THE EGYPTIAN RELIGION IN ADJACENT COUNTRIES
BEFORE we pass on to consider the last phase of Egyptian religion we must pause for a moment to glance at its spread into neighbouring countries daring the long period of its prime, and the influence it exercised on those countries.
The earliest trace of such influence has lately become known to us in Crete. On a stone vase, which dates from about the beginning of the twentieth century B.C., there is the representation of a festival celebrated in honour of a local god of harvest. The Cretan singers who are marching in this procession are led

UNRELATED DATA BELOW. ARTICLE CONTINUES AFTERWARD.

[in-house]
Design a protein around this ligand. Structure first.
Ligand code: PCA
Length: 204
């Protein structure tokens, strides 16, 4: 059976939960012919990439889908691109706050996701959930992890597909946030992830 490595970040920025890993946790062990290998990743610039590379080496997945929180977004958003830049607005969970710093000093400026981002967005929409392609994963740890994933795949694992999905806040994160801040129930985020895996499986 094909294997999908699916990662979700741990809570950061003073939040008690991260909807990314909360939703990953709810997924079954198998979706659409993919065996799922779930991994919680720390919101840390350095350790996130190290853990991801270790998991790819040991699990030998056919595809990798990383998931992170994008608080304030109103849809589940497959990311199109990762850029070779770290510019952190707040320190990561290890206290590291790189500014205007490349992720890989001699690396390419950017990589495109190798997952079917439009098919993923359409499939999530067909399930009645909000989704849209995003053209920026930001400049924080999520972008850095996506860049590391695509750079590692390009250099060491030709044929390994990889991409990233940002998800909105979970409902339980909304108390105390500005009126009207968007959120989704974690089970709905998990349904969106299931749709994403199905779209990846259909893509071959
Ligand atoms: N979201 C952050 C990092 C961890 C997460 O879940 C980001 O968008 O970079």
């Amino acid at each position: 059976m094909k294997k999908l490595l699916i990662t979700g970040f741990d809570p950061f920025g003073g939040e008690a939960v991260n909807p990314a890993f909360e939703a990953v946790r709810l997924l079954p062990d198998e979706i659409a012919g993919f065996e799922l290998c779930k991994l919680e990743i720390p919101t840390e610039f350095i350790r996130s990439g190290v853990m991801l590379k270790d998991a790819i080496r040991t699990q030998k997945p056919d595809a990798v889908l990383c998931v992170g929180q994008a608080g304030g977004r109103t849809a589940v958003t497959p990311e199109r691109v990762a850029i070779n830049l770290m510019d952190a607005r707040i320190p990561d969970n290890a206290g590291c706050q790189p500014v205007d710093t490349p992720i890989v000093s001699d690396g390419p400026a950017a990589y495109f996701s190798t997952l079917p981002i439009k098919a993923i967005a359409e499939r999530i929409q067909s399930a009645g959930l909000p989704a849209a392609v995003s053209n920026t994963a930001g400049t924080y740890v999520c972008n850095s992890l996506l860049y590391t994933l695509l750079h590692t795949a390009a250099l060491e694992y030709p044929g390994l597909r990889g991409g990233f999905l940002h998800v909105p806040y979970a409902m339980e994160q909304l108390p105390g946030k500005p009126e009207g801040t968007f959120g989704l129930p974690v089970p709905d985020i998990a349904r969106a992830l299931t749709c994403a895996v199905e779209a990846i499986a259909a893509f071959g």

by a man who, as shown by his attire and his sistrum, is an Egyptian priest. Evidently he is officiating among the barbarians as a skilled musician.
Another trace is less certain. As we have seen, the ancient funerary cults of the Egyptians were based, primarily, on the idea that the dead must be fed by the survivors. This idea finds expression in the principal scene in all the tombs, where the deceased is represented eating his meals, either alone or with his wife. It can scarcely be a coincidence that in the tomb reliefs of northern Syria, which certainly date back to the